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What is Litecoin?
Litecoin is a peer-to-peer Internet currency that enables instant, near-zero cost payments to anyone in the world. Litecoin is an open source, global payment network that is fully decentralized without any central authorities.
Mathematics secures the network and empowers individuals to control their own finances. Litecoin features faster transaction confirmation times and improved storage efficiency than the leading math-based currency. With substantial industry support, trade volume and liquidity, Litecoin is a proven medium of commerce complementary to Bitcoin.
Differences from Bitcoin?
Litecoin offers three key differences from Bitcoin.
The Litecoin Network aims to process a block every 2.5 minutes, rather than Bitcoin's 10 minutes, which its developers claim allows for faster transaction confirmation.A drawback is a higher probability of orphaned blocks.
Advantages can include greater resistance to a double spending attack over the same period as bitcoin. However, total work done is a consideration. For example, if the Litecoin Network has comparatively ten times less computing work done per block than the bitcoin network, the bitcoin confirmation is around ten times harder to reverse, even though the Litecoin Network is likely to add confirmation blocks at a rate four times faster.
Litecoin uses scrypt in its proof-of-work algorithm, a sequential memory-hard function requiring asymptotically more memory than an algorithm which is not memory-hard.
The Litecoin Network will produce 84 million Litecoins, or four times as many currency units as will be issued by the Bitcoin Network.
The original intended purpose of using Scrypt was to allow miners to mine both Bitcoin and Litecoin at the same time.The choice to use scrypt was also partially to avoid giving advantage to video card (GPU), FPGA and ASIC miners over CPU miners; although Charlie Lee has never publicly agreed with this opinion.
Due to Litecoin's use of the scrypt algorithm, FPGA and ASIC devices made for mining Litecoin are more complicated to create and more expensive to produce than they are for bitcoin, which uses SHA-256.This is widely due to the Scrypt hashing scheme being more memory intensive; increasing memory requirements for ASICs and FPGAs. However, as of December 2015, ASIC miners are widely available and the primary method of mining Litecoin
Is Litecoin Giving Bitcoin a Run for its Money?
This question has been on the minds of many players in the cryptocurrency industry. Ever since its introduction, Bitcoin has always been at the top. This can be explained by the fact that it was the first digital currency presented to the public. Consequently, Bitcoin has gone ahead to set the bar for virtually all types of digital currencies that have come after it.
Bitcoin also has the highest market share and value of in the alternative currency section.
Litecoin has firmly taken the number two slot in the alternative currency industry. At some point, its fate seemed to be tied to that of Bitcoin. When Bitcoin appreciated in value, the same happened to Litecoin. If Bitcoin’s price dropped, so did that of Litecoin. This trend became predictable and familiar. Litecoin showed that it could keep up with the pace, but just could not gain any further ground on Bitcoin.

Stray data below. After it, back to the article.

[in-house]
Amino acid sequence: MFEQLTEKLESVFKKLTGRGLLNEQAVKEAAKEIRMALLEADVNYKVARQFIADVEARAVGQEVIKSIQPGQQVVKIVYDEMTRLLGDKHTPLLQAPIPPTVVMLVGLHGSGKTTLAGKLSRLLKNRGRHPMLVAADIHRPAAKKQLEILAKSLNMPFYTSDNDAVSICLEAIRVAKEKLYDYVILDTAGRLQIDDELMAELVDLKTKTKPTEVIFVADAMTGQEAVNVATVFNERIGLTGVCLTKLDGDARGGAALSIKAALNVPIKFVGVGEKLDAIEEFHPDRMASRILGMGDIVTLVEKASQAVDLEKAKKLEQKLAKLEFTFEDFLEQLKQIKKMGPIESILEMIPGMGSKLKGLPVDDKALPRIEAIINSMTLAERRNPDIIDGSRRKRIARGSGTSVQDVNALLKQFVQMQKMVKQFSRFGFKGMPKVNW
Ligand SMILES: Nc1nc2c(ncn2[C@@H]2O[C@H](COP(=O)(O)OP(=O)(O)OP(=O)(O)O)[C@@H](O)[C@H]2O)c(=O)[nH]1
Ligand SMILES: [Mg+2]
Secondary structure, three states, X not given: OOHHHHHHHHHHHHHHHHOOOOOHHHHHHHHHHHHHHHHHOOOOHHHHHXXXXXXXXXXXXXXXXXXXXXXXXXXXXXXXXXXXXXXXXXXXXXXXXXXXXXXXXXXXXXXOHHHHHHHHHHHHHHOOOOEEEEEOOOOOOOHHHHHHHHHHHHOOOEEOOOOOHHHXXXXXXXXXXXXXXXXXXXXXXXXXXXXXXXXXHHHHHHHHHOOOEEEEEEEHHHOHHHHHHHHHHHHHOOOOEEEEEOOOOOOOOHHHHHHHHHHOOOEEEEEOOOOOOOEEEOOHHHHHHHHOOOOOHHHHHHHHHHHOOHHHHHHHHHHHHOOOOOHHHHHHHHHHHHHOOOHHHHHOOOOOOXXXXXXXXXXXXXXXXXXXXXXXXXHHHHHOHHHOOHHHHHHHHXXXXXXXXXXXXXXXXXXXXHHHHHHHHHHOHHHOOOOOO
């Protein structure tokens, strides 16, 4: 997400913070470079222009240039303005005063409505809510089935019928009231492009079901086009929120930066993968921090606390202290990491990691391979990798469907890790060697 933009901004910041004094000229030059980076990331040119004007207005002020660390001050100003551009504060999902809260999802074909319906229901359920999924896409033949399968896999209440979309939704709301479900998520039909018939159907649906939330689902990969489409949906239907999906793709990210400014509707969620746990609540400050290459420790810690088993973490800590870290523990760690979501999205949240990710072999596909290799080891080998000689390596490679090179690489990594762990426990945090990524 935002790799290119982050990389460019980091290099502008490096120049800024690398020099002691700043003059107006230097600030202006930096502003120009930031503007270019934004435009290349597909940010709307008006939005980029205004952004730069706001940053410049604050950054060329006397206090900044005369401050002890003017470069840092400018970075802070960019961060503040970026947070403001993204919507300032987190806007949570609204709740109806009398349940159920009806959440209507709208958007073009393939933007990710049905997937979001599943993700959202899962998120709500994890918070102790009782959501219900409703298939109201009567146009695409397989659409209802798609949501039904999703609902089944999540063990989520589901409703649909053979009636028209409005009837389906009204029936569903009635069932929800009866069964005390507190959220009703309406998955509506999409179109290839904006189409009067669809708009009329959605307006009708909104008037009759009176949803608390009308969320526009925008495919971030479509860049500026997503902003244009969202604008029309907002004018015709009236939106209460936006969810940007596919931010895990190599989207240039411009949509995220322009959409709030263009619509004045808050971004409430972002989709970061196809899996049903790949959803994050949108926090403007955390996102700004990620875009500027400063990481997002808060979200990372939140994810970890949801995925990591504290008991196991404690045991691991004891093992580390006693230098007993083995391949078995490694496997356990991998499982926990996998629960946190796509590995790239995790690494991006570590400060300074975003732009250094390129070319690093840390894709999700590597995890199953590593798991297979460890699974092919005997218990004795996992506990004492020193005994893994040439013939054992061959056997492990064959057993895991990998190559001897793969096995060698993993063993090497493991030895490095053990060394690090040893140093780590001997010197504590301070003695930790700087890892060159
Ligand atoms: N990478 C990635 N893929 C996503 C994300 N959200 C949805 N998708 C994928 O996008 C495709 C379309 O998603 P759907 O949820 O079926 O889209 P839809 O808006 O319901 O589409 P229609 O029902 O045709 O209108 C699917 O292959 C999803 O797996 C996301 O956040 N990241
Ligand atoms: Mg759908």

How Litecoin Is Made?
Like all cryptocurrencies, litecoin is not issued by a government, which historically has been the only entity that society trusts to issue money. Instead being regulated by a Federal Reserve and coming off a press at the Bureau of Engraving and Printing, litecoins are created by the elaborate procedure called mining, which consists of processing a list of litecoin transactions. Unlike traditional currencies, the supply of litecoins is fixed.
There will ultimately be only 84 million litecoins in circulation and not one more. Every 2.5 minutes (as opposed to 10 minutes for bitcoin), the litecoin network generates a what is called a block—a ledger entry of recent litecoin transactions throughout the world. And here is where litecoin’s inherent value derives.
What will be the total number of Litecoins?
The total number of Litecoins that will be produced after mining would be around 84 million, meaning that there would be more Litecoins than Bitcoins. Therefore, this might lead to more liquidity whereas it might also mean less value for the Litecoin. You need to understand that liquidity is not going to be necessarily true because they can be divided into smaller fractions. Nevertheless, people can still use it for other services, which means that they might be more readily used.
Litecoin version 0.8.5.1 was released in November 2013. The release included fixes for vulnerabilities and added enhanced security to the Litecoin network.
The Litecoin developer team released version 0.8.6.1 in early December 2013. The new version offered a 20x reduction in transaction fees, along with other security and performance improvements in the client and network. The source code and binaries were released early to people in the "#litecoin" IRC channel, on the official Litecoin forums, and on Reddit, with information for power users to add a Litecoin supernode to the configuration file, while the main site was to be updated after enough of the network was running the new version. This release method was used to ensure that the low fee transactions from version 0.8.6.1 clients would not be delayed by clients running older versions.
In April 2014, a new version of Litecoin was released, version 0.8.7.1, which fixed some minor issues along with an important fix related to the Heartbleed.
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